AMLO and his many supporters have not been the biggest fans of the country’s electoral institute since 2006, when he was within 0.56% of the vote of winning the presidency and called his loss fraudulent. 

This time was also marked by a conflict between AMLO, then the Mayor of Mexico City and Fox, a conservative from the Mexican party Partido Acción Nacional (PAN). The Fox administration tried and failed to remove López Obrador from office and stop from participating in the presidential elections.

Even when the same institute confirmed his landslide victory in 2018, AMLO has always denounced it and specifically complained of the costliness to run elections in Mexico and looked for a way to decrease its budget. 

He has twice alleged he was robbed in presidential elections before 2018. 

Compared to other national Presidential elections, Mexico’s elections are expensive, in part because nearly all legal campaign financing is, by law, provided by the federal government. 

AMLO’s overhaul would change that, and electoral officials as well as protestors argue that the idea of a free and fair election is threatened by the overhaul. With a crucial election in 2024, it’s a huge worry. 

Protests were held in over 100 states across the large country, including Jalisco, Yucatan, Nuevo Leon, Queretaro, Guanajuato and Veracruz, according to Mexican news reports.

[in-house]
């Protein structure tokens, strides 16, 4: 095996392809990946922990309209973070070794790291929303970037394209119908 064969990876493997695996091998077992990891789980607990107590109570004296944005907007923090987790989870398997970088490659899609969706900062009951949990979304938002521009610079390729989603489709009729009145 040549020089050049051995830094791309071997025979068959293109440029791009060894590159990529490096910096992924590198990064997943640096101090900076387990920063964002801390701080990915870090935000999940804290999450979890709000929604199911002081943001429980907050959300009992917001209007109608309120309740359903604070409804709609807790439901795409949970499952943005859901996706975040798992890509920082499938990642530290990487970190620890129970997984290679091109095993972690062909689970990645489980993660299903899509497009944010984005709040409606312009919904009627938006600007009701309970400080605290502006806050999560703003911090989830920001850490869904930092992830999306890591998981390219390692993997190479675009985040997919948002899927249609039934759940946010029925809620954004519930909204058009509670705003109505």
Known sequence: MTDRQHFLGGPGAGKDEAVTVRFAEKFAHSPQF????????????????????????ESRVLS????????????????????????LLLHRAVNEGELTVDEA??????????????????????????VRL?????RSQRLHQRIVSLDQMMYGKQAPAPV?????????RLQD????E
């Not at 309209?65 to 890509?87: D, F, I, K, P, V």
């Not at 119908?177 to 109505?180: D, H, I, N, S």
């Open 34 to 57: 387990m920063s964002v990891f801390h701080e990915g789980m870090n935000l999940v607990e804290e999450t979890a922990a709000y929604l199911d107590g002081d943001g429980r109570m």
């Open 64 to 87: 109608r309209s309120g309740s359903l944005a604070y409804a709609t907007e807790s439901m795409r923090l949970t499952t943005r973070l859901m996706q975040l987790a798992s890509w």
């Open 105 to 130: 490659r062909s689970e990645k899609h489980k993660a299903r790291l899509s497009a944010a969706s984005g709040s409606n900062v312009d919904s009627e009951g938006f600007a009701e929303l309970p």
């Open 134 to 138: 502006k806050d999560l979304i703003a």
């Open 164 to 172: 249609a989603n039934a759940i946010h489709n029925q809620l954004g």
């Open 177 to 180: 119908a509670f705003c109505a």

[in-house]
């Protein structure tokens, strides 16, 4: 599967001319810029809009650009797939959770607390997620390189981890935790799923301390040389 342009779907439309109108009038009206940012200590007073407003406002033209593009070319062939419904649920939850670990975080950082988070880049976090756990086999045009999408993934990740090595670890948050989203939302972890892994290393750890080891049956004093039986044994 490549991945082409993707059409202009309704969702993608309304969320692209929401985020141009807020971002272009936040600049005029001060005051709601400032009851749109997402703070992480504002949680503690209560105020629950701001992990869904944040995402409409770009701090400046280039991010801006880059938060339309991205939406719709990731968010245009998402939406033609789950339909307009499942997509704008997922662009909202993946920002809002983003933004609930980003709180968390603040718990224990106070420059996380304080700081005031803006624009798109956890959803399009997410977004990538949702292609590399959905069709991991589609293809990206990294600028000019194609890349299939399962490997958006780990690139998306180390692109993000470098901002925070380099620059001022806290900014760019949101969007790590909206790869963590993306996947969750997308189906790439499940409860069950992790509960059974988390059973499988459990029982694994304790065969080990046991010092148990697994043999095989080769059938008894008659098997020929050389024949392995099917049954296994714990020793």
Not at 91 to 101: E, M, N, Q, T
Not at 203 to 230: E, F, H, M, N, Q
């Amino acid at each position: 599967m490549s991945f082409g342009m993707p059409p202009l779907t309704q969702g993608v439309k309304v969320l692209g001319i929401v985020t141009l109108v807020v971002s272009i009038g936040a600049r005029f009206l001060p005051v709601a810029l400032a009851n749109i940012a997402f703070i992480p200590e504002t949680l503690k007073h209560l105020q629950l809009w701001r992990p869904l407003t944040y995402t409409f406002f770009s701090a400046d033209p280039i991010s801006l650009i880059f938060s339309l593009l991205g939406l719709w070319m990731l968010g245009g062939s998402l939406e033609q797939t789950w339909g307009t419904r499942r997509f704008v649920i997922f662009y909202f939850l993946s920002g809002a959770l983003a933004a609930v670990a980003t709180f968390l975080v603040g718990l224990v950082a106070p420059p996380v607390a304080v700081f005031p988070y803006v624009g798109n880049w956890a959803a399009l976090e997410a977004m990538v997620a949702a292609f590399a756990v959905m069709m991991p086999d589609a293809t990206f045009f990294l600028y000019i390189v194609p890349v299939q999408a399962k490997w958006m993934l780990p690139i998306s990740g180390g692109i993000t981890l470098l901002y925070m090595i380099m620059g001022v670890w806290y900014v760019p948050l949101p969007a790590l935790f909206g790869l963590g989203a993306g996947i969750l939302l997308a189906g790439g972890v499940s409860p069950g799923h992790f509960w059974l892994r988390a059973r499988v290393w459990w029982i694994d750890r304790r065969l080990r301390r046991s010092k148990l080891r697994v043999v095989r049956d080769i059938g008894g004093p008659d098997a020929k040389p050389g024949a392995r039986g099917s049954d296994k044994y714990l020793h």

According to the newspaper Excelsior, roughly 22,000 people were in the Nuevo Leon capital Monterrey. News network Milenio reported over 20,000 on the streets of the Jalisco capital of Guadalajara. 

The news of the conviction of Genaro García Luna — a former Mexican government official who served as Secretary of Public Security in the Felipe Calderon cabinet — was also felt during the protests. 

He was found guilty on Feb. 21, of taking bribes from cartels. The verdict passed down from a Brooklyn jury is seen in Mexico as potentially harmful to PAN, the opposition party associated with the protestors on Sunday. 

A mass protest as such as has been only seen during the 2000 and 2006 Presidential elections and more than 50 years ago with the Mexican Movement of 1968, also known as the Mexican Student Movement (Movimiento Estudiantil). 

It was a mass coalition of students from the nations top universities who amassed worldwide support for political change in Mexico. The movement called for greater political freedoms and an end to the authoritarianism of the PRI regime that had been in power since 1929.

Student mobilization happened across many campuses across the country and was supported by many sectors of Mexican civil life including workers, merchants, intellectuals, and others. 

1968 was a tumultuous year not just for Mexico but across the globe as well, where protests concerning the Vietnam War and the Civil Rights movement were occuring in the U.S., just up north. 

The movement was violently overpowered by the government after several mass demonstrations that resulted in the massacre of many protestors during a peaceful demonstration on Oct. 2, 1968, known as the Tlatelolco Massacre.